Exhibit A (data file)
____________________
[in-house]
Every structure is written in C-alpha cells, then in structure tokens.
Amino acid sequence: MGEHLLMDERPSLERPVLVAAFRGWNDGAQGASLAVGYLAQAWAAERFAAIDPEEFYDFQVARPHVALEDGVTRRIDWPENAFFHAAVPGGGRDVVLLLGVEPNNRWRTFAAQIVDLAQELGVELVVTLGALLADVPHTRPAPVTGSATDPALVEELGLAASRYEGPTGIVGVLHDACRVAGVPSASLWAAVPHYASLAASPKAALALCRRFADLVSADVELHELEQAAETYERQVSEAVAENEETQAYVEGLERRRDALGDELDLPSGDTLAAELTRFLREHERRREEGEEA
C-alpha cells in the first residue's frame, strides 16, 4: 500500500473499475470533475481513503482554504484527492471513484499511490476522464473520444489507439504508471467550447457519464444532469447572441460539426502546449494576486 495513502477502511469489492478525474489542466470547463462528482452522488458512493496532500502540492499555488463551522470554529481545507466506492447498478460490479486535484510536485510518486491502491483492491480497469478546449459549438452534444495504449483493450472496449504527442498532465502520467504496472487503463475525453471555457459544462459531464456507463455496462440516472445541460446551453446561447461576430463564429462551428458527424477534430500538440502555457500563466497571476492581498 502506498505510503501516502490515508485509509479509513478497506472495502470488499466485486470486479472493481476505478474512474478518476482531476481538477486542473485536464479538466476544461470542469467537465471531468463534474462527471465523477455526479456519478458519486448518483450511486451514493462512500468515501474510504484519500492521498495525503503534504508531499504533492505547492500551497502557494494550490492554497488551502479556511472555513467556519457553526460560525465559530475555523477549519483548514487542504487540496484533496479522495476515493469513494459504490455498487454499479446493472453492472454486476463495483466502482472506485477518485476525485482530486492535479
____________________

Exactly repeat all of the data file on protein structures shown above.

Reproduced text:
[in-house]
Every structure is written in C-alpha cells, then in structure tokens.
Amino acid sequence: MGEHLLMDERPSLERPVLVAAFRGWNDGAQGASLAVGYLAQAWAAERFAAIDPEEFYDFQVARPHVALEDGVTRRIDWPENAFFHAAVPGGGRDVVLLLGVEPNNRWRTFAAQIVDLAQELGVELVVTLGALLADVPHTRPAPVTGSATDPALVEELGLAASRYEGPTGIVGVLHDACRVAGVPSASLWAAVPHYASLAASPKAALALCRRFADLVSADVELHELEQAAETYERQVSEAVAENEETQAYVEGLERRRDALGDELDLPSGDTLAAELTRFLREHERRREEGEEA
C-alpha cells in the first residue's frame, strides 16, 4: 500500500473499475470533475481513503482554504484527492471513484499511490476522464473520444489507439504508471467550447457519464444532469447572441460539426502546449494576486 495513502477502511469489492478525474489542466470547463462528482452522488458512493496532500502540492499555488463551522470554529481545507466506492447498478460490479486535484510536485510518486491502491483492491480497469478546449459549438452534444495504449483493450472496449504527442498532465502520467504496472487503463475525453471555457459544462459531464456507463455496462440516472445541460446551453446561447461576430463564429462551428458527424477534430500538440502555457500563466497571476492581498 502506498505510503501516502490515508485509509479509513478497506472495502470488499466485486470486479472493481476505478474512474478518476482531476481538477486542473485536464479538466476544461470542469467537465471531468463534474462527471465523477455526479456519478458519486448518483450511486451514493462512500468515501474510504484519500492521498495525503503534504508531499504533492505547492500551497502557494494550490492554497488551502479556511472555513467556519457553526460560525465559530475555523477549519483548514487542504487540496484533496479522495476515493469513494459504490455498487454499479446493472453492472454486476463495483466502482472506485477518485476525485482530486492535479